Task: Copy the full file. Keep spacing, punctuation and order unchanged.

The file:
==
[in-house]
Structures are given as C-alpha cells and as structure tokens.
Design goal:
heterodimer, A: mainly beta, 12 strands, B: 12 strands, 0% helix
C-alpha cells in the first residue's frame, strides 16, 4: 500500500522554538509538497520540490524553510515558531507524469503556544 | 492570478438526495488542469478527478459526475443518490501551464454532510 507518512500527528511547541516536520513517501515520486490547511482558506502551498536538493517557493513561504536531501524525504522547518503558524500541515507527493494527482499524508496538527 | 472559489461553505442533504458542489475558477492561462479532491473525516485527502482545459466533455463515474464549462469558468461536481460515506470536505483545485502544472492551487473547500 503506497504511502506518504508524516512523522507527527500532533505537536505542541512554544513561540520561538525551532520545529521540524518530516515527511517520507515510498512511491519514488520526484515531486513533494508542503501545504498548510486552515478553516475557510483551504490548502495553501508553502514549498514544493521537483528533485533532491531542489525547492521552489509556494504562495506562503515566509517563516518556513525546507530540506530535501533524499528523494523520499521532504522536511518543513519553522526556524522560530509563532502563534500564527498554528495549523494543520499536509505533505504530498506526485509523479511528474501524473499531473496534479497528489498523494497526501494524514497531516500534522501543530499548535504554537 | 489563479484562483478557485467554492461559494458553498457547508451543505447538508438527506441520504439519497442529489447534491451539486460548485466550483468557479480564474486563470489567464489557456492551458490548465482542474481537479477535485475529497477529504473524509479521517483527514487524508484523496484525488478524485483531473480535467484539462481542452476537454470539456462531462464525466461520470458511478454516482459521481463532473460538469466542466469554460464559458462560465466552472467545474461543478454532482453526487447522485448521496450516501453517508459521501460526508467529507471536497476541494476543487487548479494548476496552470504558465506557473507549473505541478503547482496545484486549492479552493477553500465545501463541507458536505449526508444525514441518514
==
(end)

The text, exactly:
[in-house]
Structures are given as C-alpha cells and as structure tokens.
Design goal:
heterodimer, A: mainly beta, 12 strands, B: 12 strands, 0% helix
C-alpha cells in the first residue's frame, strides 16, 4: 500500500522554538509538497520540490524553510515558531507524469503556544 | 492570478438526495488542469478527478459526475443518490501551464454532510 507518512500527528511547541516536520513517501515520486490547511482558506502551498536538493517557493513561504536531501524525504522547518503558524500541515507527493494527482499524508496538527 | 472559489461553505442533504458542489475558477492561462479532491473525516485527502482545459466533455463515474464549462469558468461536481460515506470536505483545485502544472492551487473547500 503506497504511502506518504508524516512523522507527527500532533505537536505542541512554544513561540520561538525551532520545529521540524518530516515527511517520507515510498512511491519514488520526484515531486513533494508542503501545504498548510486552515478553516475557510483551504490548502495553501508553502514549498514544493521537483528533485533532491531542489525547492521552489509556494504562495506562503515566509517563516518556513525546507530540506530535501533524499528523494523520499521532504522536511518543513519553522526556524522560530509563532502563534500564527498554528495549523494543520499536509505533505504530498506526485509523479511528474501524473499531473496534479497528489498523494497526501494524514497531516500534522501543530499548535504554537 | 489563479484562483478557485467554492461559494458553498457547508451543505447538508438527506441520504439519497442529489447534491451539486460548485466550483468557479480564474486563470489567464489557456492551458490548465482542474481537479477535485475529497477529504473524509479521517483527514487524508484523496484525488478524485483531473480535467484539462481542452476537454470539456462531462464525466461520470458511478454516482459521481463532473460538469466542466469554460464559458462560465466552472467545474461543478454532482453526487447522485448521496450516501453517508459521501460526508467529507471536497476541494476543487487548479494548476496552470504558465506557473507549473505541478503547482496545484486549492479552493477553500465545501463541507458536505449526508444525514441518514